Thursday, February 6, 2014

Review and Commentary on Famous Fantastic Mysteries Issues Six And Nine For Free Download For Your Old School Sword and Sorcery Campaigns

Download It Right Over 

These two volumes contain a metric ton of free public domain science fantasy material that can easily be adapted to any number of sword and sorcery campaigns.
Go take a look this scan includes issues nine and six. Nine is first and has a ton of stories in the old school pulp tradition. Six is the issue with the 'Purple Sapphire' by John Taine.
Much of the material of Famous Fantastic Mysteries is simply neglected and forgotten by modern audiences giving a DM yet another resource to exploit for his adventurers in a weird sword and sorcery background for a campaign. 
Who was John Taine?

Eric Temple Bell (February 7, 1883 – December 21, 1960) was a mathematician and science fiction author born in Scotland who lived in the U.S. for most of his life. He published his non-fiction under his given name and his fiction as John Taine.
Wiki has this to say about Eric Temple Bell : In the early 1920s, Bell wrote several long poems. He also wrote several science fiction novels, which independently invented some of the earliest devices and ideas of science fiction.[3] Only The Purple Sapphire was published at the time, under the pseudonym John Taine; this was before Hugo Gernsback and the genre publication of science fiction. His novels were published later, both in book form and serialized in the magazines. Basil Davenport, writing in The New York Times, described "Taine" as "one of the first real scientists to write science-fiction [who] did much to bring it out of the interplanetary cops-and-robbers stage." Davenport concluded, however, that "[Taine] is sadly lacking as a novelist, in style and especially in characterization."

The reason that he is sadly lacking in characterization is because he's a pure pulp writer and science fiction journeyman. This guy was one of the first in the field before Hugo Gernsback.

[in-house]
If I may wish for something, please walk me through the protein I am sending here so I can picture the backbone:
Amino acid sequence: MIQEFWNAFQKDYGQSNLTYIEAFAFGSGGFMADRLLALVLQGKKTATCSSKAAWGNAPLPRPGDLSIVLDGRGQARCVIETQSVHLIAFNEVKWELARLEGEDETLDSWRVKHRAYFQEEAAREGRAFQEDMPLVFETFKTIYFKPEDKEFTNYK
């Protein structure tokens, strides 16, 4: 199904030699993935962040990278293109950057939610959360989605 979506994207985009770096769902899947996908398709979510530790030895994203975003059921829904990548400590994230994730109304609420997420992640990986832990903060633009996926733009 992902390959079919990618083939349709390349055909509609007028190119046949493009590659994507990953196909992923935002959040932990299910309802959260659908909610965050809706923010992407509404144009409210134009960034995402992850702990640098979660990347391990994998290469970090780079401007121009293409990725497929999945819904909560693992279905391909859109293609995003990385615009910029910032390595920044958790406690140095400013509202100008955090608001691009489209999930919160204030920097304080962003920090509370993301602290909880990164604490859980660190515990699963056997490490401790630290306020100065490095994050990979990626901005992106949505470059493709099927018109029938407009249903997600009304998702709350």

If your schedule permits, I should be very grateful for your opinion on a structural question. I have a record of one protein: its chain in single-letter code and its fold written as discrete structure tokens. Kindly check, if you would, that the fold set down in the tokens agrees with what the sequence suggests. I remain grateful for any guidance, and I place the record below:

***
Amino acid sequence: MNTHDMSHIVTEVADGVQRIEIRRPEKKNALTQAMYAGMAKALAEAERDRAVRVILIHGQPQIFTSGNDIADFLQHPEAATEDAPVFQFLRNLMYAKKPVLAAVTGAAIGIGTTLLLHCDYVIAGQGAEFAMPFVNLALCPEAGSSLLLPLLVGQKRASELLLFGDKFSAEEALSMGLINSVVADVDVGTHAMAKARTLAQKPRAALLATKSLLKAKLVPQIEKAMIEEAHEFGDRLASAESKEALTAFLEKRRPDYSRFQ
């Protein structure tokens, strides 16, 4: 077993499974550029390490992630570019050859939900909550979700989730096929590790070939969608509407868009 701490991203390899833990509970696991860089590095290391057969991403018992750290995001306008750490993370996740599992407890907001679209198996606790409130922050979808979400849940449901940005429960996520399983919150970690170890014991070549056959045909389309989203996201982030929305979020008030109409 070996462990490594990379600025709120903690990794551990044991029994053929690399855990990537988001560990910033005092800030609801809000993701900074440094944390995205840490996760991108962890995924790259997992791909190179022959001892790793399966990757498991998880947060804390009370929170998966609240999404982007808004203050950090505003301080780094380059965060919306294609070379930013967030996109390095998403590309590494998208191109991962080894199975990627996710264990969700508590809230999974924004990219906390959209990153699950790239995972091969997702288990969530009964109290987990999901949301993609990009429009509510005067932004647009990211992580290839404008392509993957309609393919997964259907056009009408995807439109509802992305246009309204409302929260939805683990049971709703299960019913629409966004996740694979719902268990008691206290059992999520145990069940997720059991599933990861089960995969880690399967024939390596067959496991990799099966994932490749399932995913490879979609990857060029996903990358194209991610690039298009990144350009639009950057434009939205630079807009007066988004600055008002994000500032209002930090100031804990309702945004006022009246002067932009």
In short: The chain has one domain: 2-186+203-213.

The Purple Sapphire 

 Because of its pulp themes, lost peoples, weird atmomosphere, strange events, and solid story line.I think it might make a great bridge piece for a sword and sorcery old school adventure.  
The events could be easily brought over to AS&SH as a high level adventure with the party creating the background for the story. The PC's could easily play a central part to the mysterious events surrounding the novel. 
All in all this is a great jump off point to a campaign that could span the ages and beyond. 
There is certainly enough room to add any other elements as the DM sees fit without disturbing the story in the slightest. 
DM's should consider the material and carefully read it over before committing to more of this style of adventure to make sure its right for his group of players. 

Why Famous Fantastic Mysteries Still Matters

The Famous Fantastic Mysteries method was very simple and yet elegant. Reprint classic pulp stories, with incredible artwork and deliver the goods time after time.
 According To Wiki Here's why it worked :
"By the early decades of the 20th century, science fiction (sf) stories were frequently seen in popular magazines.[1] The Munsey Company, a major pulp magazine publisher, printed a great deal of science fiction in these years,[1] but it was not until 1926 thatAmazing Stories, the first pulp magazine specializing in science fiction appeared.[2] Munsey continued to print sf in Argosy during the 1930s, including stories such as Murray Leinster's The War of the Purple Gas and Arthur Leo Zagat's "Tomorrow", though they owned no magazines that specialized in science fiction.[3] By the end of the 1930s science fiction was a growing market,[2] with several new sf magazines launched in 1939.[4] That year Munsey took advantage of science fiction's growing popularity by launching Famous Fantastic Mysteries as a vehicle for reprinting the most popular fantasy and sf stories from the Munsey magazines.[5]